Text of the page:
In my youth, I was baffled by the persistence and popularity of horoscopes. They seemed leftover charlantism in a world that appeared to have moved on. But the older I got, the more I understood that the world, or more precisely people, had not evolved. The name on the door may be different (science, Christianity, corporate ladder, etc.), but for the majority of people some higher power is needed to offer faith, to provide structure or purpose in life. Katie William’s subtle but affecting Tell the Machine Goodnight (2018) takes a look at our society just a couple years down the road where a small DNA-driven device takes on the role of mother horoscope for many people.
While it’s easy to make a case that certain characters are prominent and others not, it’s impossible to say Tell the Machine Goodnight has a protagonist. A family in the spotlight, the novel shifts comfortably in and out of the lives of the unnamed group, telling the influence Apricity has on them. Apricity a small device into which a person enters a swab of cells from inside the mouth, it spits out a piece of paper that describes, sometimes in certain and sometimes in vague terms, what will make them happy. The divorcees Pearl and Elliot, their teenage son Rhett, Val (Elliot’s new wife), and others in their lives all react to the device’s cryptic scriving in different ways.
Though uncertain how to apply the Apricity’s obscure recommendations, Pearl nevertheless has strong belief the underlying technology knows something people do not, and trusts it implicitly. Rhett has a strong, standoff-ish take on Apricity, preferring instead to watch its effect in the lives of his highschool classmates. Elliot, still close to Pearl and Rhett, uses the machine’s advice in anti-form, creating living art by taking its recommendations to the extreme. And Val is just plain confused. While believing it has some general value for her life, she is unsure how or when or where, and as a result semi-randomly makes decisions based on its output.
A personal, character-focused novel that rewards the reader looking for layers within relationships and the psyche, Tell the Machine Goodnight is the soft, human side of science fiction, i.e. the area that that doesn’t get near enough attention. Technique-wise, the book is neither well nor poorly written; Williams has a workaday style describing characters in basic but effective form that, before the reader knows it, has created a warm rapport. Despite their faults (or more likely precisely for that), a subtle empathy for the characters slowly develops that one recognizes as three-dimensionally human—human in a way a lot of science fiction would like but so often fails at.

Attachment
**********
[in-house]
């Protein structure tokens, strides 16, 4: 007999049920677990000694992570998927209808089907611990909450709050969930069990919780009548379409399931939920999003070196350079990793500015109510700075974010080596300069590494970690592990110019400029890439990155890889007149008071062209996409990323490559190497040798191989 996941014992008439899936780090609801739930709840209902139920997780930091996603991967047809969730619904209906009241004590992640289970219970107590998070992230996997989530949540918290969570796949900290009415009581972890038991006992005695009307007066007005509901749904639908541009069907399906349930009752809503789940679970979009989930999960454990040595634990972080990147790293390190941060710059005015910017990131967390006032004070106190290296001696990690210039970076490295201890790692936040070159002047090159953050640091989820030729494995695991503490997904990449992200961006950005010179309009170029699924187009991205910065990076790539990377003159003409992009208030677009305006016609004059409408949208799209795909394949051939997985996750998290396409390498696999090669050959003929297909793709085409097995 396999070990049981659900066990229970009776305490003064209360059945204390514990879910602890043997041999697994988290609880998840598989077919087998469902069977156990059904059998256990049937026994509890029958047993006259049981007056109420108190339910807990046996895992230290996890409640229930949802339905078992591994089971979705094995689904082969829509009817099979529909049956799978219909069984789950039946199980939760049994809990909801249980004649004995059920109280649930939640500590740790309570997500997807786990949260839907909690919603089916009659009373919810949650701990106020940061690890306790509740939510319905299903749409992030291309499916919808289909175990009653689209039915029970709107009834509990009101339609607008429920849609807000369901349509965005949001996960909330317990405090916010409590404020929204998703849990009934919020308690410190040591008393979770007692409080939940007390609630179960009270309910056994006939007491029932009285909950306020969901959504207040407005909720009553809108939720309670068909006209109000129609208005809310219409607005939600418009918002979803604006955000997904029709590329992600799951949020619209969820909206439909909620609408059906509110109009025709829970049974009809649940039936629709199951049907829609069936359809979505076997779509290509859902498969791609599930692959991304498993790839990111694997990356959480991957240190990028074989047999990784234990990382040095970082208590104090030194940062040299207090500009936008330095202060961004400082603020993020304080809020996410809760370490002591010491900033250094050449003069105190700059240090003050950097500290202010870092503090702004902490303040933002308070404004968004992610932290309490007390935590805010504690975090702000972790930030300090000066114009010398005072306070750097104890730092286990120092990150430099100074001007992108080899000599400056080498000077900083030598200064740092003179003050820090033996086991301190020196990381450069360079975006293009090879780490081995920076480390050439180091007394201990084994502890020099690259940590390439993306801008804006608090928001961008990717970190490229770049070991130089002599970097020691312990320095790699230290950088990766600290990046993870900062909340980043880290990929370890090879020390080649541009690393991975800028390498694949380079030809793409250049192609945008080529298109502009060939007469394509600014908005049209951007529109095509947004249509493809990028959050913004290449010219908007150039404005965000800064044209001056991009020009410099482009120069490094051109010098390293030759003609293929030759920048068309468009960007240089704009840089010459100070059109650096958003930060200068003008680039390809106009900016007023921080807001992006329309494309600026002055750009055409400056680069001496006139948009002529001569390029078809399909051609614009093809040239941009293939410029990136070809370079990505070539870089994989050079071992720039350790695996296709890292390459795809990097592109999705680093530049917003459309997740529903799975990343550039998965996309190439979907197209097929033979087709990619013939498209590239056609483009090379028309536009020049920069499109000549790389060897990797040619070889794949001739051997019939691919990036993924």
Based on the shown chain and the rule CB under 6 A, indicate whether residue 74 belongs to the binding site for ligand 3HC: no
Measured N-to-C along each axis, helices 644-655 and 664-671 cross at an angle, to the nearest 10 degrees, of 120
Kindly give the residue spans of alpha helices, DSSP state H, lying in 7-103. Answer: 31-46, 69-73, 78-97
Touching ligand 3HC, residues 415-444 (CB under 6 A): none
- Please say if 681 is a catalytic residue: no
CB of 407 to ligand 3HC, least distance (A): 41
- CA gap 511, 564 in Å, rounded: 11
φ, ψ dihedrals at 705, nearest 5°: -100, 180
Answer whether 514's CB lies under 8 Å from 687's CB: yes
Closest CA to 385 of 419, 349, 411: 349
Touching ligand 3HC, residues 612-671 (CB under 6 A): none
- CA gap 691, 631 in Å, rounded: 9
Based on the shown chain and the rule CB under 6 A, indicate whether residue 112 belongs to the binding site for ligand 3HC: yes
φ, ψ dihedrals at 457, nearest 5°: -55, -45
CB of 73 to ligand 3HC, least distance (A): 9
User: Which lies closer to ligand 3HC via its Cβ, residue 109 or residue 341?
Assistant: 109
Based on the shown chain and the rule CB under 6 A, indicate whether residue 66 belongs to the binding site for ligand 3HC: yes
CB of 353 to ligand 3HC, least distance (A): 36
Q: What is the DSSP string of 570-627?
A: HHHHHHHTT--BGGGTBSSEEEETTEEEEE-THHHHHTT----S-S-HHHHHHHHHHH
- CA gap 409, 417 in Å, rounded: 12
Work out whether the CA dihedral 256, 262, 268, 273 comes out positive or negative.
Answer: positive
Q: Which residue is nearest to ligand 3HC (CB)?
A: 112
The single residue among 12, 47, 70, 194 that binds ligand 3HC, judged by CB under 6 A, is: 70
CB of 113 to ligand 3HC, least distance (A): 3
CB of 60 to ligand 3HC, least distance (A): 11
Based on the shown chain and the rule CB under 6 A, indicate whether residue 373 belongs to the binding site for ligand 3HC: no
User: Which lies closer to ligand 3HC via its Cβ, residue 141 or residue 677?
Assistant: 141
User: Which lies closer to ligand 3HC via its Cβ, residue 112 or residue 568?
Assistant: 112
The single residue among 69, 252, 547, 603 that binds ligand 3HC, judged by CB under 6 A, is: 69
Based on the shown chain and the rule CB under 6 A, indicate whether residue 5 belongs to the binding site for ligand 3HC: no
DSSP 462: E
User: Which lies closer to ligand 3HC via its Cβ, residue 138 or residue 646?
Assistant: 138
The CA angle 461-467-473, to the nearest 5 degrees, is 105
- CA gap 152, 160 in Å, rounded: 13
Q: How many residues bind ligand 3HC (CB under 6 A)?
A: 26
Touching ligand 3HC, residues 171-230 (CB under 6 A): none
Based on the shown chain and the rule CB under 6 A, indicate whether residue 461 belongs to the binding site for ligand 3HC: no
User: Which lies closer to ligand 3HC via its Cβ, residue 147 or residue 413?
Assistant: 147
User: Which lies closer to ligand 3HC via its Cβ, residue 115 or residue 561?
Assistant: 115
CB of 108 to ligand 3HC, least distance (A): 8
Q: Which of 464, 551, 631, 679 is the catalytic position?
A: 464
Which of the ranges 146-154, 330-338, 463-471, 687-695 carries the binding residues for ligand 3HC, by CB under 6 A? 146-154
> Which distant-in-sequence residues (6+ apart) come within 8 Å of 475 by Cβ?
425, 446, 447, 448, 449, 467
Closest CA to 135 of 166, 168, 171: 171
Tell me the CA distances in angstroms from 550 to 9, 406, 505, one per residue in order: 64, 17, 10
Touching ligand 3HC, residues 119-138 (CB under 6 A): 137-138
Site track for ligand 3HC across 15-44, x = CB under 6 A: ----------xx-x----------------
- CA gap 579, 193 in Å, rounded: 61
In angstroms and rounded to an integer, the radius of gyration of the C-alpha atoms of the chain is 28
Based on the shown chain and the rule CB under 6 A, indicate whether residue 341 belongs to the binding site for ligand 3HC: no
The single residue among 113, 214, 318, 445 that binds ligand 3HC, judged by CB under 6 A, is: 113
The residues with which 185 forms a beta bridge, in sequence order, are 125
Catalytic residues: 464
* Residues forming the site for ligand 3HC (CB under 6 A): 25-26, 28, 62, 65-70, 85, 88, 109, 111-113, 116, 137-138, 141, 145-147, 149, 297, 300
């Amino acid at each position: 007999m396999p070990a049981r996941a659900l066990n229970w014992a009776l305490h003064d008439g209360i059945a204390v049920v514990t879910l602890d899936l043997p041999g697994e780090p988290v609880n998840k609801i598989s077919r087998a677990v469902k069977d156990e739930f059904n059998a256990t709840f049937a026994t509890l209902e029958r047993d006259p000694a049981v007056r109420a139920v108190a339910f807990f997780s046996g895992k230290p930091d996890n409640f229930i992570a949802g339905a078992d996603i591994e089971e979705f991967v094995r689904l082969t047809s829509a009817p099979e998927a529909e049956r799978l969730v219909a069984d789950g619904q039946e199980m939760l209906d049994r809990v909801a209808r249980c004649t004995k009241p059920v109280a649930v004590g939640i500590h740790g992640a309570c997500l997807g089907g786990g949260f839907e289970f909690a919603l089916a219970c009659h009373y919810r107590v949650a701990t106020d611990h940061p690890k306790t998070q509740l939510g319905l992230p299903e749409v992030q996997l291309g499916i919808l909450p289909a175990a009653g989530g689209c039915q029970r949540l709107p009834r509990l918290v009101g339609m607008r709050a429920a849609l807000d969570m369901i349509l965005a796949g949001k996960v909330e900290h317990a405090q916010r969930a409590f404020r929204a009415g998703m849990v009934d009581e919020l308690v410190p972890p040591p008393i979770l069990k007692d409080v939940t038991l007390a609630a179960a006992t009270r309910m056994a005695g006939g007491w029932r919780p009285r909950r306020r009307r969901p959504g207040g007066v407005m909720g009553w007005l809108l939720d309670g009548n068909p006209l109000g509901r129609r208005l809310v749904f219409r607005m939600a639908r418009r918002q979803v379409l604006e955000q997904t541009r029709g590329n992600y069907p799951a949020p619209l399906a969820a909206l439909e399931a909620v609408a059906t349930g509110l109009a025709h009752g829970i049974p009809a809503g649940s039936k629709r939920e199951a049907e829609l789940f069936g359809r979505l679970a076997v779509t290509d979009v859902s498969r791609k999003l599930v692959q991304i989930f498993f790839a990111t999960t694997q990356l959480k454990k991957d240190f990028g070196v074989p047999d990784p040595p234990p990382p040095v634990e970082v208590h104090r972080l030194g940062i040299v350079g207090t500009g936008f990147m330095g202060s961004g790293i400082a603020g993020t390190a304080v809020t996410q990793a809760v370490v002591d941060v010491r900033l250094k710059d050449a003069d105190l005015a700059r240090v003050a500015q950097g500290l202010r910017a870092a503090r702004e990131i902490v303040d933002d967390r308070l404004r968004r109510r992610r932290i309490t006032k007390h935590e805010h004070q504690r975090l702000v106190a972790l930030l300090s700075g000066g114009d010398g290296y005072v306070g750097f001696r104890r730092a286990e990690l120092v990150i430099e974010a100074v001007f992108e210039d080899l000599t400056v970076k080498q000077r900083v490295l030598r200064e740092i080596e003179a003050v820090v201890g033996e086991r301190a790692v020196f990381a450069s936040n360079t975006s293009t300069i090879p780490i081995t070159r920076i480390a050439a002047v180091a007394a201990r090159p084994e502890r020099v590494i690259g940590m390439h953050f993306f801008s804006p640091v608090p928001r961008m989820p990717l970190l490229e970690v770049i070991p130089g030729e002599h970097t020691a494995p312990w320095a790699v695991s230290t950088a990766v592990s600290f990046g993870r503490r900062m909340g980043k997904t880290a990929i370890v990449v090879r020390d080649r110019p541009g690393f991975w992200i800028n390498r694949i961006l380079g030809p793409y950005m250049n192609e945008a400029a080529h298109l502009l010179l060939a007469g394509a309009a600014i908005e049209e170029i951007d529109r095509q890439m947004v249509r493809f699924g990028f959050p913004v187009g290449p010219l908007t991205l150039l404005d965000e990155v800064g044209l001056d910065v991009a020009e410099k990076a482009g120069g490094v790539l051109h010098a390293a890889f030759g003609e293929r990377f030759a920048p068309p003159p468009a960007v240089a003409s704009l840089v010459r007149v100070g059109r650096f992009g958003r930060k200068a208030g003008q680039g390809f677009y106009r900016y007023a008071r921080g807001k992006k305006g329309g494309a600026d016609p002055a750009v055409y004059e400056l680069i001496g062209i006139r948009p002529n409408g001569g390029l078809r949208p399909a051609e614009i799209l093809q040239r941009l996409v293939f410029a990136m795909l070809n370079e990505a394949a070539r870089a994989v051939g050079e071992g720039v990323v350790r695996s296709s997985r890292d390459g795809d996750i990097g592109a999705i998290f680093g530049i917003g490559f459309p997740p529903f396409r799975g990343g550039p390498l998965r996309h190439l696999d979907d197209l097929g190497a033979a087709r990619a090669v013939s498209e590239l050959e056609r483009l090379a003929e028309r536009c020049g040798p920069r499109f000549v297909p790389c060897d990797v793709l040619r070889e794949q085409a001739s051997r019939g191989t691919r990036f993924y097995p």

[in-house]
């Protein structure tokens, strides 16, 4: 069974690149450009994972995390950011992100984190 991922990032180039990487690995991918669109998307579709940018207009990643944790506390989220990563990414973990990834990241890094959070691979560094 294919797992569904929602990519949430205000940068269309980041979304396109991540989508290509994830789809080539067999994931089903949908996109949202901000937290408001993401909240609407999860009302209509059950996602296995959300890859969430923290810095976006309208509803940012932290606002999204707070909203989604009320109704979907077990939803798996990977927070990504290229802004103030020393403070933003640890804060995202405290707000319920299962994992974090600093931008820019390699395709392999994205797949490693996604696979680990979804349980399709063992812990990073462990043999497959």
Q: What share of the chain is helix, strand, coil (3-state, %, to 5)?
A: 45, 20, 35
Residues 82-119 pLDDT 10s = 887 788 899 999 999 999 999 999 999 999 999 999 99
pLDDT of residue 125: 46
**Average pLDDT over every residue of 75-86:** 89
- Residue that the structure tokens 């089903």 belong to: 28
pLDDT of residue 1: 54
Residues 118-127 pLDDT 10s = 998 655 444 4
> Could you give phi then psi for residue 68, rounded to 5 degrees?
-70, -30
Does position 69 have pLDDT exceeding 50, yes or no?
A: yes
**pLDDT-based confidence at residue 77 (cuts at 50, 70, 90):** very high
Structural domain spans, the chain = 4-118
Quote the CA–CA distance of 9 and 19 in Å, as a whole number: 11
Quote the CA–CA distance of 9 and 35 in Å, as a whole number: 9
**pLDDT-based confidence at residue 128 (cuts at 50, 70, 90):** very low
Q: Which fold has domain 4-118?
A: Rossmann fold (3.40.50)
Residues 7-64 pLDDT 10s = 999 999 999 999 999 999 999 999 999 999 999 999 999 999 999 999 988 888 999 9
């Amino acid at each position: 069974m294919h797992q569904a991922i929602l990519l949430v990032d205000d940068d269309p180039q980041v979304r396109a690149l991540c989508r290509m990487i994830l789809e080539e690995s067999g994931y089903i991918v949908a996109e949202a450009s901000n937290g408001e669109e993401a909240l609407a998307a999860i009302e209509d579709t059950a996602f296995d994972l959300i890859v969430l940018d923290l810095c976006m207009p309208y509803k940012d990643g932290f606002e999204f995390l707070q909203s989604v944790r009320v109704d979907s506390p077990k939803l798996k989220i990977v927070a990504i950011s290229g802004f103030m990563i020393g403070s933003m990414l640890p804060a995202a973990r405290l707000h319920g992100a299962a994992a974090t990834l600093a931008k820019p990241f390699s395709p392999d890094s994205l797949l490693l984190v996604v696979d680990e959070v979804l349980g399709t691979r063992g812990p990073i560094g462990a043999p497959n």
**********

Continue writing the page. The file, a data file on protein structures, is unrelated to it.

The overall mode of Tell the Machine Goodnight is somewhere between novel and collection. Apricity, family, thoughts, and work relationships the glue holding the character threads together, the book gently shifts perspectives, introducing a new character here, returning to the life of another there. These slow, swirling eddies of character/story steadily concatenate to create the novel’s larger vision, namely the trust or lack thereof we place in science, how it drives our actions and decisions, and also how it connects and disconnects us individually and socially. That is a broad swathe, but by approaching the subject matter through well-developed characters, Williams stays focused.
Overall, Tell the Machine Goodnight is an interesting novel that exists at the juncture of science-driven horoscopes and the personal. Flying under the radar for a lot of readers (I guess what book doesn’t these days…), it takes its time building momentum, allowing its array and movement to gently arrive at a larger vision than the realistically rendered individuals which populate it. A slow burn, it’s certainly also a book that rewards patience, understanding, and empathy for the degrees of normalcy we see in our family, friends, and colleagues. Or, from another perspective, subtly a very good book.